The history of the Big Boy Chain is a long and complicated one, but the basics of it are as follows: The original idea for Big Boy comes from Bob Wian. He developed the concept and named his restaurant Bob’s Big Boy. The chain had a diner style menu serving both Hamburgers are more complicated affairs such as the Shrimp Dinner. Though the signature dish was easily the Big Boy Hamburger. Which includes, a sesame seed bun, special sauce, two beef patties separated by a piece of bread. Sound familiar? Invented in 1937 the Big Boy was the inspiration for the Big Mac (also providing half the name) among many other similar burgers across many chains. The concept took off quickly, and Bob found himself approached by more potential franchisees than he knew what to do with. A concept which he was not supportive of. This led to Bob focusing on licensing rather than franchising. He would end up choosing a small set of franchisees for broad regions of the United States and allowed those franchisees to grant sub-franchises.
With Bob’s focus on licensing, as opposed to franchising, major differences existed between Big Boy chains. Generally the only guaranteed connecting factor was the burger and the name. The entire state of Texas was assigned to the Kip’s Big Boy Franchise. Also operating in Oklahoma, and Kansas; Kip’s mostly aligned themselves with Bob’s only adding a few extra items to the menu. Kip’s Texas locations began popping up first in Dallas during the early 1960s, and by the middle of that decade the expansion had moved to Houston. The first Houston location to open was at 5111 Griggs Road. The original restaurant was also the first to close, not making it into the 1980s, due to a string of robberies as the area shifted. Kip’s however would survive all the way up until 1995 when the Pasadena location would close.
In 1966 The Bellaire location became the second to open. This location would eventually be demolished to build a bank. The Westheimer location was the third to be built, it was also one of the last to close as Kip’s. In the 1990s it was converted into the second Dot Diner location, and was eventually demolished for Central Market. The Westheimer and Hillcroft location was eventually converted into a Mexican restaurant which was demolished in 2016 for a new strip center. Finally, this leaves us with the Gulf Freeway and Spencer Highway locations, both of which are still standing and operating as restaurants, as of 2020. The Spencer Highway Kip’s opened in 1974, and was the second to last to be built. It operated as a Kip’s up until 1994, when the contents of the store were sold at auction. The restaurant would sit vacant until Frank’s Grill opened in 2004.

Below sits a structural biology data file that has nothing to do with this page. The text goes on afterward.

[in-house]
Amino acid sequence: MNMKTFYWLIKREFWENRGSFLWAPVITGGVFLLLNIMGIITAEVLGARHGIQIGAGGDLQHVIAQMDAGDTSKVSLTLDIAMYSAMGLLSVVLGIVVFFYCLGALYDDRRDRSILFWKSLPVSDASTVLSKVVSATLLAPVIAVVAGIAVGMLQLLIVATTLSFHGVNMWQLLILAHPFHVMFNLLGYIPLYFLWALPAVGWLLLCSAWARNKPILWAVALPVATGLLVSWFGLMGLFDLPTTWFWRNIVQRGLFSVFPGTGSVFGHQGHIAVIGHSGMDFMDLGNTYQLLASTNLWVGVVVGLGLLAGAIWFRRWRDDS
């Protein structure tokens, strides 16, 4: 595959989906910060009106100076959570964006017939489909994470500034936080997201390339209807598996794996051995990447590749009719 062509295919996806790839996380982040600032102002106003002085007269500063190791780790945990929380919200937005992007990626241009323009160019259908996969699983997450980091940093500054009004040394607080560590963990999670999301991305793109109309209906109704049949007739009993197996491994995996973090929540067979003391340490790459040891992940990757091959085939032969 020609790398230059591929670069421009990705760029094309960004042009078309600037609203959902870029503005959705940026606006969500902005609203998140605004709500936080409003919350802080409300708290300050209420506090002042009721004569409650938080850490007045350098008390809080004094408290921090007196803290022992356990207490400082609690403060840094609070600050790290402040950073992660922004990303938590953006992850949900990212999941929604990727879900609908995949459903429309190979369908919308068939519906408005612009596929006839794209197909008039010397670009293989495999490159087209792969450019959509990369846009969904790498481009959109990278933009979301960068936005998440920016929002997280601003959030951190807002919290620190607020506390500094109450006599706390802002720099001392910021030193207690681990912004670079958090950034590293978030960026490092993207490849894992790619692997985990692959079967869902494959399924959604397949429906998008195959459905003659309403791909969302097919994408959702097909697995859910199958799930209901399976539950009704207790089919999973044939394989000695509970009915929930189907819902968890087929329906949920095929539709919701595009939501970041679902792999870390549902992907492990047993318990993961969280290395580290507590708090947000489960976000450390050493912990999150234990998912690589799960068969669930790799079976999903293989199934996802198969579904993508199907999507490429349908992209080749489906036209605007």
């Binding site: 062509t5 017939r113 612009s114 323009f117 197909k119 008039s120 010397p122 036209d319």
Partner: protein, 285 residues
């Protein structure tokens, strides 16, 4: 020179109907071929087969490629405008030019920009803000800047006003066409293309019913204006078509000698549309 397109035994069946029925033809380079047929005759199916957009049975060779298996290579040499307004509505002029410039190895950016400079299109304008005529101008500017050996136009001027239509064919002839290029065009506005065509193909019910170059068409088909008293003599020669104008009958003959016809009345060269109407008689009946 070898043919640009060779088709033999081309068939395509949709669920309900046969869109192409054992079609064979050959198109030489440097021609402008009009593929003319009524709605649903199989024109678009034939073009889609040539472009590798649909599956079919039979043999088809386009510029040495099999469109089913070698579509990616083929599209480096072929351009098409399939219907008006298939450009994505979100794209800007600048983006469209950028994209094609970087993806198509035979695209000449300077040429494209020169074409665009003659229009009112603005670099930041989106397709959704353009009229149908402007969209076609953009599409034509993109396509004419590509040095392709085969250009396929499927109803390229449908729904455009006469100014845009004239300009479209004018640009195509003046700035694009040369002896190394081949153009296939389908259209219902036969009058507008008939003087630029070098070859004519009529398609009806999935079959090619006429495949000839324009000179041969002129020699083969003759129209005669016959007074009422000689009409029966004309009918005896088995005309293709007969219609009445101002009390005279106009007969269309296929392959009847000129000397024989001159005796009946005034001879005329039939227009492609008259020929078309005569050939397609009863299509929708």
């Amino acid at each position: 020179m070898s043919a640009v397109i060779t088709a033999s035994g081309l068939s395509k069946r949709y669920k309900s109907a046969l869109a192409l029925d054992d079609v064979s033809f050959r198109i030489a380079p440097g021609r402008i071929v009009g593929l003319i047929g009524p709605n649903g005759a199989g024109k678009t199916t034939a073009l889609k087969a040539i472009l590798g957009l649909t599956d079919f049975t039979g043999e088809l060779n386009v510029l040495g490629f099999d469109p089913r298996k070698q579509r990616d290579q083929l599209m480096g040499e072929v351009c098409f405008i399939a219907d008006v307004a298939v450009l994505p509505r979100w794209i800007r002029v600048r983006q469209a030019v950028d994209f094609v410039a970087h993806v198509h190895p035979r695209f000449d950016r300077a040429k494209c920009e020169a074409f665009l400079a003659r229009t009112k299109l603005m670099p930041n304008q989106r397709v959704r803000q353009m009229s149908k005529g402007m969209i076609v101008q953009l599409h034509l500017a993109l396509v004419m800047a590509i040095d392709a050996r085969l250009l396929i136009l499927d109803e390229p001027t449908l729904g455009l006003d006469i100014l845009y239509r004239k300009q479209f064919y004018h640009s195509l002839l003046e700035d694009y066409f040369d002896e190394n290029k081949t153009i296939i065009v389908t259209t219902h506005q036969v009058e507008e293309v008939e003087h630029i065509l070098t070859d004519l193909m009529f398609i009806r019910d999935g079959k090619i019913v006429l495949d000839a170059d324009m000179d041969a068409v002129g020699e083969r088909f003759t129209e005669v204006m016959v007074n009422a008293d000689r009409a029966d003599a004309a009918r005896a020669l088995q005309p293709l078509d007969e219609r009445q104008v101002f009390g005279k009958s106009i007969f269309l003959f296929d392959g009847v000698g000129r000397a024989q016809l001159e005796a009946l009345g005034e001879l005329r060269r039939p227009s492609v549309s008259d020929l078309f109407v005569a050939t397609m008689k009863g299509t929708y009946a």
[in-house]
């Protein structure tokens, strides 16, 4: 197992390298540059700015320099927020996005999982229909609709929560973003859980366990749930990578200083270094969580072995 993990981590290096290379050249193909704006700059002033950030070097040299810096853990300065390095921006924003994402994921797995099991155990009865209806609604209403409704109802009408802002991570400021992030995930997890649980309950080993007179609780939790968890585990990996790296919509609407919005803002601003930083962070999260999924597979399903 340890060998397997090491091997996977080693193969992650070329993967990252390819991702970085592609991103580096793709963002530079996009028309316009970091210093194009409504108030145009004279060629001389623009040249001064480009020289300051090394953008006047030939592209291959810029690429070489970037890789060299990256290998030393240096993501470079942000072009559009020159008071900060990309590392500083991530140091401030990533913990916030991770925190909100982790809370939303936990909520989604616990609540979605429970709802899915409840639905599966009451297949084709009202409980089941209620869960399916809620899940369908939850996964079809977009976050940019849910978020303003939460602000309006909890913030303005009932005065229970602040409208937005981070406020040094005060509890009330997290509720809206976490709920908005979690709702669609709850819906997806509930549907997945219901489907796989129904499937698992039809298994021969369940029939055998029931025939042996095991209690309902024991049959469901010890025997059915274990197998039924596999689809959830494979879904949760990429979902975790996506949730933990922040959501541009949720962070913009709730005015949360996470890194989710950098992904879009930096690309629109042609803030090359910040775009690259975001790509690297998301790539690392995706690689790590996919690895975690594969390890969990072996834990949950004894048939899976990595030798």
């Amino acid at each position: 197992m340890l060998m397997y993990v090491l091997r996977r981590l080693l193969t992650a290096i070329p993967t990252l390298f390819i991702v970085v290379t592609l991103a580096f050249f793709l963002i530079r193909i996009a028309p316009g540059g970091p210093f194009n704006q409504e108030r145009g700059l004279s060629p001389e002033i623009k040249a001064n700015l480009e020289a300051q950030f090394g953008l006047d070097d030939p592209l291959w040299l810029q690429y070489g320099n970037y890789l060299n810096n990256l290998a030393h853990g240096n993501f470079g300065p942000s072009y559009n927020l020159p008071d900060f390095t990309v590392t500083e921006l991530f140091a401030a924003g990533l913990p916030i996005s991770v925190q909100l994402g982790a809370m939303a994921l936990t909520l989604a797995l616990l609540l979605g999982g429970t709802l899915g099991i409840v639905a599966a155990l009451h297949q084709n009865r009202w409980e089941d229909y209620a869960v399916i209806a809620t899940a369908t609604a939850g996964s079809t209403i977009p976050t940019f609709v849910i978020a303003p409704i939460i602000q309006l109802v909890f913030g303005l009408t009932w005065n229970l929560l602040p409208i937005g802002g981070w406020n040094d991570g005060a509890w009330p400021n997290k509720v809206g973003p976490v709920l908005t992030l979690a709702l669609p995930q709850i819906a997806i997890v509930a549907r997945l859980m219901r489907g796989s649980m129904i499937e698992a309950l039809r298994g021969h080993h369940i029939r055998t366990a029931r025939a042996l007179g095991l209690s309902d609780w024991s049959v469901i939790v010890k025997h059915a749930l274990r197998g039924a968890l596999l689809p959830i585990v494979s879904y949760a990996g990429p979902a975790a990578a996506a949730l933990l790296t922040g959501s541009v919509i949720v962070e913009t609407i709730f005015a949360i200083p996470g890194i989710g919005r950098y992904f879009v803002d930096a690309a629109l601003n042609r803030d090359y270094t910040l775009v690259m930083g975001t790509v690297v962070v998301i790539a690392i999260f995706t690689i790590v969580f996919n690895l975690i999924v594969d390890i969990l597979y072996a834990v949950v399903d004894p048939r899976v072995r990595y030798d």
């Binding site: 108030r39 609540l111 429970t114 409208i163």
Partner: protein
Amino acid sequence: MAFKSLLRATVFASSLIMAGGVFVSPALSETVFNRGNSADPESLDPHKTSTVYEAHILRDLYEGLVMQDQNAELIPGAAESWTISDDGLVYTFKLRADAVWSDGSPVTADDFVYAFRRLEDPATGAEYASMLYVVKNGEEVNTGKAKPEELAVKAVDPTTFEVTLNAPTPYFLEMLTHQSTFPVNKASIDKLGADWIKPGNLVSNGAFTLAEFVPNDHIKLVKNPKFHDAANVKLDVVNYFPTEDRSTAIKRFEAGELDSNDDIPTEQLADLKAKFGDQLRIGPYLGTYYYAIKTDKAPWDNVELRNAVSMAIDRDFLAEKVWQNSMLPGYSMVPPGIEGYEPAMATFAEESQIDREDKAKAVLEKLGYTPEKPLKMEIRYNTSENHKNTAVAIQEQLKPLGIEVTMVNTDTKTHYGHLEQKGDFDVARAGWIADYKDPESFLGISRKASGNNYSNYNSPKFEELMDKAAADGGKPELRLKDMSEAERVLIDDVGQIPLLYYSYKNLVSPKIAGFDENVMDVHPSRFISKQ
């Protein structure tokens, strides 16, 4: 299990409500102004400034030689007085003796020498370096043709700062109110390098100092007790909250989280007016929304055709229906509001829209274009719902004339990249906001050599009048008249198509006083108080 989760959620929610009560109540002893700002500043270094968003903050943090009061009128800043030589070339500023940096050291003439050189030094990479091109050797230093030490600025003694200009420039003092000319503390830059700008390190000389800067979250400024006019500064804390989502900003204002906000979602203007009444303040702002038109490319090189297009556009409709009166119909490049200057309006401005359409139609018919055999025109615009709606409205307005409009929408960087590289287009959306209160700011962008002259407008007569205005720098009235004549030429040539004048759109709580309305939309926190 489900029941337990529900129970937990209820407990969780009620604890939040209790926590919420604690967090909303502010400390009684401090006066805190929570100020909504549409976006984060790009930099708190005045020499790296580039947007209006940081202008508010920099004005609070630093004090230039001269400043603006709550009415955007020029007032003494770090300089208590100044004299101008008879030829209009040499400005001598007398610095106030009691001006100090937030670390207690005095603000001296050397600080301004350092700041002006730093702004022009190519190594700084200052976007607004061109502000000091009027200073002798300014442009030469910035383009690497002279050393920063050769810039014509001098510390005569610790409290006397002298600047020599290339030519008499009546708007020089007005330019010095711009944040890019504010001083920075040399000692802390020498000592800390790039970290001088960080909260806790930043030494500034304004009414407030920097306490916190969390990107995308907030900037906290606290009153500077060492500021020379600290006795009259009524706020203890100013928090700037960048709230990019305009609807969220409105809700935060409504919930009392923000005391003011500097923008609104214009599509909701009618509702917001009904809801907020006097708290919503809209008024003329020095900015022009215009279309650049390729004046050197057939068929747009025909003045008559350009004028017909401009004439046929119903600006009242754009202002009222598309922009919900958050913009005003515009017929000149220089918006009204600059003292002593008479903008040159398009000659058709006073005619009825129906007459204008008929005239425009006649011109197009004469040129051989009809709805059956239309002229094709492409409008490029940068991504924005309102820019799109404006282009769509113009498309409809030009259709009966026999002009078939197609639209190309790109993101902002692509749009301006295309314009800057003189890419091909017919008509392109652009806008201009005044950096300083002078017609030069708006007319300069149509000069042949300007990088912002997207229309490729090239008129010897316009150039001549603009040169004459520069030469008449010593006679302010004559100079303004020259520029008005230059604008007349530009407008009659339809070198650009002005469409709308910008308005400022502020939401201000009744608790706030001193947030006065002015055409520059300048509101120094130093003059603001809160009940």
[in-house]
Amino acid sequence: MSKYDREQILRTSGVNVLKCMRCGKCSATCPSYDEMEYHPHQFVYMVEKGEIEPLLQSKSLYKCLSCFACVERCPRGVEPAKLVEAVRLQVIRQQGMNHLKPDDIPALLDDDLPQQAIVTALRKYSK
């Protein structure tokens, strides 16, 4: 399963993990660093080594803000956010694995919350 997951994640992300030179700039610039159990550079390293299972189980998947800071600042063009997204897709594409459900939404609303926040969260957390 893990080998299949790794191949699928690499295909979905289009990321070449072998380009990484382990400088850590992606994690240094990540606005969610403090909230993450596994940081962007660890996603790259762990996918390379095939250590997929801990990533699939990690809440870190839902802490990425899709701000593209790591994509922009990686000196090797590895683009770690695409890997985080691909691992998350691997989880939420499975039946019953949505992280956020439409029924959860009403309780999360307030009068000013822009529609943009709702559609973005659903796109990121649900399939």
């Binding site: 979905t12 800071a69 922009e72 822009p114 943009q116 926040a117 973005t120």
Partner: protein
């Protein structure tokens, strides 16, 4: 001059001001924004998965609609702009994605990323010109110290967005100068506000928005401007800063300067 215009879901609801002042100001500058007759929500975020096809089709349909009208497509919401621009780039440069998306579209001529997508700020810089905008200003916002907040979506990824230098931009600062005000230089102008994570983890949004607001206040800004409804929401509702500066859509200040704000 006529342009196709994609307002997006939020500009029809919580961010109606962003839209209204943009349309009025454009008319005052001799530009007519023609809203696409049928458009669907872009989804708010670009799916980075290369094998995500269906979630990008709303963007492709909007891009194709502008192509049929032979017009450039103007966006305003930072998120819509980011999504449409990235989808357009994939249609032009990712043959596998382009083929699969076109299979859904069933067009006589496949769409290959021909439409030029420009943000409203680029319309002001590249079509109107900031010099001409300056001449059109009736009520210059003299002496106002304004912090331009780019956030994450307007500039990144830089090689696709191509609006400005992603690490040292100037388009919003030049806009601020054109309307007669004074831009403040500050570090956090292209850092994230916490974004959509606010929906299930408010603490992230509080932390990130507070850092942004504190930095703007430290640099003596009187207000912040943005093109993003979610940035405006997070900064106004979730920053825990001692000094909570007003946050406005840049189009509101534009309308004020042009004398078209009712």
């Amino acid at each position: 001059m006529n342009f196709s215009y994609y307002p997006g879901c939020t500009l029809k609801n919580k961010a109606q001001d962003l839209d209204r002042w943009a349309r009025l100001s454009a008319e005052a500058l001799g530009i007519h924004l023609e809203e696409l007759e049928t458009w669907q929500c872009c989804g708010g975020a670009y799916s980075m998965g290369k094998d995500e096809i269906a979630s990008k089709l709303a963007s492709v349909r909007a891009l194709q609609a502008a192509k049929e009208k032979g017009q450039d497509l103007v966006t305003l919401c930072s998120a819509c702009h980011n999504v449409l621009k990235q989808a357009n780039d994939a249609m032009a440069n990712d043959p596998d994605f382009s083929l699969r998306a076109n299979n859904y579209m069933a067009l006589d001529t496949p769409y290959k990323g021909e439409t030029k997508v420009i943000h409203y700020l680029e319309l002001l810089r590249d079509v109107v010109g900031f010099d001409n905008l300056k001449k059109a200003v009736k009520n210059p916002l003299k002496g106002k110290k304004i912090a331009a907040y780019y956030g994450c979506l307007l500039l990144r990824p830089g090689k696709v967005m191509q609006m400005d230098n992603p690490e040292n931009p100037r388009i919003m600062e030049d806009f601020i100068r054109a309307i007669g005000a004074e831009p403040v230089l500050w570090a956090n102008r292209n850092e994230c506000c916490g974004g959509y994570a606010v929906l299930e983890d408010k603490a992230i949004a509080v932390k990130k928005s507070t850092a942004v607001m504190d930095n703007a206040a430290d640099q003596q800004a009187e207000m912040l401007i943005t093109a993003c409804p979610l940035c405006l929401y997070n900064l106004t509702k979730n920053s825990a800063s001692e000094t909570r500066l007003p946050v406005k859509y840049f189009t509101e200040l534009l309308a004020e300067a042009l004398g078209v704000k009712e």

List of Locations
|5111 Griggs Rd Houston, TX 77021||1965-1978 Building new in 1965, required demolishing a closed restaurant named Golden Hour. After closing converted to a few unsuccessful clubs, then demolished for a beauty supply store. Now location of Alice McKean Young Library|
|5320 Bellaire Blvd Bellaire, TX 77401||1966-1990 Demolished to build headquarters of Citizens National Bank.|
|3839 Westheimer Rd Houston, TX 77027||1968-1988 Converted into Dot Coffee Shop, Demolished 2001 for Central Market.|
|8520 Gulf Fwy Houston, TX 77017||1978-1994 Converted into Omega Family Restaurant. Now Mannie's Seafood Restaurant.|
|3807 Spencer Hwy Pasadena, TX 77504||1974-1994 Sat vacant until Frank's Grill opened in 2004. Slightly updated, but still looks like a Big Boy|
|7705 Westheimer Rd Houston, TX 77063||1974-1989 Converted into Doneraki Mexican Restaurant, Demolished 2016 for new center.|